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 There is a portrait of her, taken at a later period, of which a photograph is before me. She has a semi-religious dress, hands clasped in prayer, large dark eyes, a smiling and mischievous mouth, and a face somewhat pretty and very coquettish. An engraving from the portrait is prefixed to the "Notice Biographique de Madame de la Peltrie" in Les Ursulines de Qubec, I. 348.
So, continued Phorion, Simonides bought a young slave named Zenon. He hadnt given much for him, because Zenon had robbed his former master, a physician in the neighboring city of Ormenium; he had been branded and fled to Poseidons altar in Methone. Nobody would buy him, but when he fell weeping at Simonides feet and promised to conquer his evil propensities, the latter was touched and bought him for less than a mina.Q For more than a year his conduct obtained his masters approval and won his favor and confidence. One day Simonides was visited by a man from Hypata, with whom he had business relations. Zenon waited on the table and saw the stranger pay Simonides nearly a talent, partly in ready money and partly in drafts on well-known moneylenders in Athens, and noticed that this property was placed in a box where many bags of daricsR were already kept. The next morning the chest where the box had been placed was found broken open. The box had gone, and with it Zenon. Simonides sent mounted messengers to this city, but Zenon had already had the drafts cashed, the more easily because his masters seal ring was in the chest.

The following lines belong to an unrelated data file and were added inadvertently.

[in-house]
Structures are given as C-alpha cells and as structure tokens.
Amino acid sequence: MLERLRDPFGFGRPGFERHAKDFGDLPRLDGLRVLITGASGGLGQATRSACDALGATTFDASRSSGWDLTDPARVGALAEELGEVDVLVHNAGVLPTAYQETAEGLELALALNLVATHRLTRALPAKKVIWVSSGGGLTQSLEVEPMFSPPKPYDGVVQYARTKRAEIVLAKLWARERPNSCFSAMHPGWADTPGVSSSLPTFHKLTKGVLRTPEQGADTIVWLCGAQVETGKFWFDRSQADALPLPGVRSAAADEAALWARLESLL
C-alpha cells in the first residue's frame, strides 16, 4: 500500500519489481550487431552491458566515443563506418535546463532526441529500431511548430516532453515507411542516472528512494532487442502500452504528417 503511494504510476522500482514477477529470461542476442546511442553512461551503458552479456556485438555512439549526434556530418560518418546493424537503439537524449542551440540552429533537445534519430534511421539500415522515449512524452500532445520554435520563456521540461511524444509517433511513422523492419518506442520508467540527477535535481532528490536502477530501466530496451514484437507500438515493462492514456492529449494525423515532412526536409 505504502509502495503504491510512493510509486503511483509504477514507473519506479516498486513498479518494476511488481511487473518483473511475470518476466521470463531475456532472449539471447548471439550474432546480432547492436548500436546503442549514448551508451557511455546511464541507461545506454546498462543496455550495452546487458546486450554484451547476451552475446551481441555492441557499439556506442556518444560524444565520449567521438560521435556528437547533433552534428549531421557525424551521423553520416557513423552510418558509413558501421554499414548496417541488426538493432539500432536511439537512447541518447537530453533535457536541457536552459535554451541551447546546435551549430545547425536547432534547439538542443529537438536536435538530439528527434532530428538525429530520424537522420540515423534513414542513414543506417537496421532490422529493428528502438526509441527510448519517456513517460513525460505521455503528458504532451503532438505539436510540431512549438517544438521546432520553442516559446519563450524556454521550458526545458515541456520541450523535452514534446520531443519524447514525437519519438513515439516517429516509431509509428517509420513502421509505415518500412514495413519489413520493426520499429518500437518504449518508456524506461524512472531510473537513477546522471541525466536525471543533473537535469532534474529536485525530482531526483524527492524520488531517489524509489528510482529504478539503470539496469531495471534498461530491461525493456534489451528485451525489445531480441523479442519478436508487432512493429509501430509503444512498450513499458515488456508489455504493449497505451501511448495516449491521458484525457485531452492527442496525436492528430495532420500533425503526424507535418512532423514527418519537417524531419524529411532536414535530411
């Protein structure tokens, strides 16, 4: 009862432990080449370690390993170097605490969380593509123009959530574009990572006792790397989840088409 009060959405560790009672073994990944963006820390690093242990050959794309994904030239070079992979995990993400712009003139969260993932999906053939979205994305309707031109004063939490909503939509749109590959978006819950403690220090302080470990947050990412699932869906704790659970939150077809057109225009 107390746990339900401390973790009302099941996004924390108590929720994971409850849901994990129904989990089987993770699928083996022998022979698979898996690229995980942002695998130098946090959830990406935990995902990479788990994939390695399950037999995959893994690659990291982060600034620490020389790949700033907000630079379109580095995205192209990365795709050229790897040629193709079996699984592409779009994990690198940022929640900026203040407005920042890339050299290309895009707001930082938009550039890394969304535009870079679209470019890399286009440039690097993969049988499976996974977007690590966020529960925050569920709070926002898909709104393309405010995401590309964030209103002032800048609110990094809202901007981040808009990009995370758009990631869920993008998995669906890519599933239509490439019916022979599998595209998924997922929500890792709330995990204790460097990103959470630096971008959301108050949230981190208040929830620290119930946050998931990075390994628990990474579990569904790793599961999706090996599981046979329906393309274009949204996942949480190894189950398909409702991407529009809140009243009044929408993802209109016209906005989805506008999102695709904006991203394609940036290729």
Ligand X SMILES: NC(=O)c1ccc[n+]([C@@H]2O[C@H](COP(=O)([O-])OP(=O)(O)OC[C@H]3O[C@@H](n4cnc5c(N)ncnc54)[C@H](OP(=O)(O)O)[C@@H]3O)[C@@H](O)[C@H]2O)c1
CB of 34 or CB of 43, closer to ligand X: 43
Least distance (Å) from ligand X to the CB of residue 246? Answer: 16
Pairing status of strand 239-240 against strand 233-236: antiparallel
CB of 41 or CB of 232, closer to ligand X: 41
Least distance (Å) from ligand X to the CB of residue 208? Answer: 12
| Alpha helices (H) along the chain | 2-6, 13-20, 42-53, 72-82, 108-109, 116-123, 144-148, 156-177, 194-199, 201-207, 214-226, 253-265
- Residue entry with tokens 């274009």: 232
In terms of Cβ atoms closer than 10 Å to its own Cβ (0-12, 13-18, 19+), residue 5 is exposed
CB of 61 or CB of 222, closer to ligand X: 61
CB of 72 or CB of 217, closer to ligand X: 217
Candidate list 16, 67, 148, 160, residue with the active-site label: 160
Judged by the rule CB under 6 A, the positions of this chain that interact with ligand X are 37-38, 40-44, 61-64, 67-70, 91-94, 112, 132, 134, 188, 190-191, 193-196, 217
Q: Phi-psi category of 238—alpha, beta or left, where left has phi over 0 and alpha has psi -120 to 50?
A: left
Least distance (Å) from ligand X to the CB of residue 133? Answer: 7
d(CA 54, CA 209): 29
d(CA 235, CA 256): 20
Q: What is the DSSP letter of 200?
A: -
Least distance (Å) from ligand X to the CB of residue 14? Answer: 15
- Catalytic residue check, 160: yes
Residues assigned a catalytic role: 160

In January and February, 1545, about two vessels a day sailed from French ports for Newfoundland. In 1565, Pedro Menendez complains that the French "rule despotically" in those parts. In 1578, there were a hundred and fifty French fishing-vessels there, besides two hundred of other nations, Spanish, Portuguese, and English. Added to these were twenty or thirty Biscayan whalers. In 1607, there was an old French fisherman at Canseau who had voyaged to these seas for forty-two successive years.Paegnion looked up. All he saw inside the small opening was a delicate white hand, which had drawn251 aside the Coan curtain, some shining braids of brown hair, a gold fillet, and a pair of mischievous black eyes, whose sparkle vied with the fillet.
 It has been erroneously stated that this brave attempt to save Jogues was made by the orator Kiotsaton. Le Berger was one of those who had been made prisoners by Piskaret, and treated kindly by the French. In 1648, he voluntarily came to Three Rivers, and gave himself up to a party of Frenchmen. He was converted, baptized, and carried to France, where his behavior is reported to have been very edifying, but where he soon died. "Perhaps he had eaten his share of more than fifty men," is the reflection of Father Ragueneau, after recounting his exemplary conduct.Relation, 1650, 43-48.
SUFFERING AND DISCONTENT.
At the farthest end of Polycles garden the funeral train stopped on a height which afforded a view of the city, harbor, bay, and country beyond. This had always been Simonides favorite spot, and he had often expressed a desire to be laid to rest here.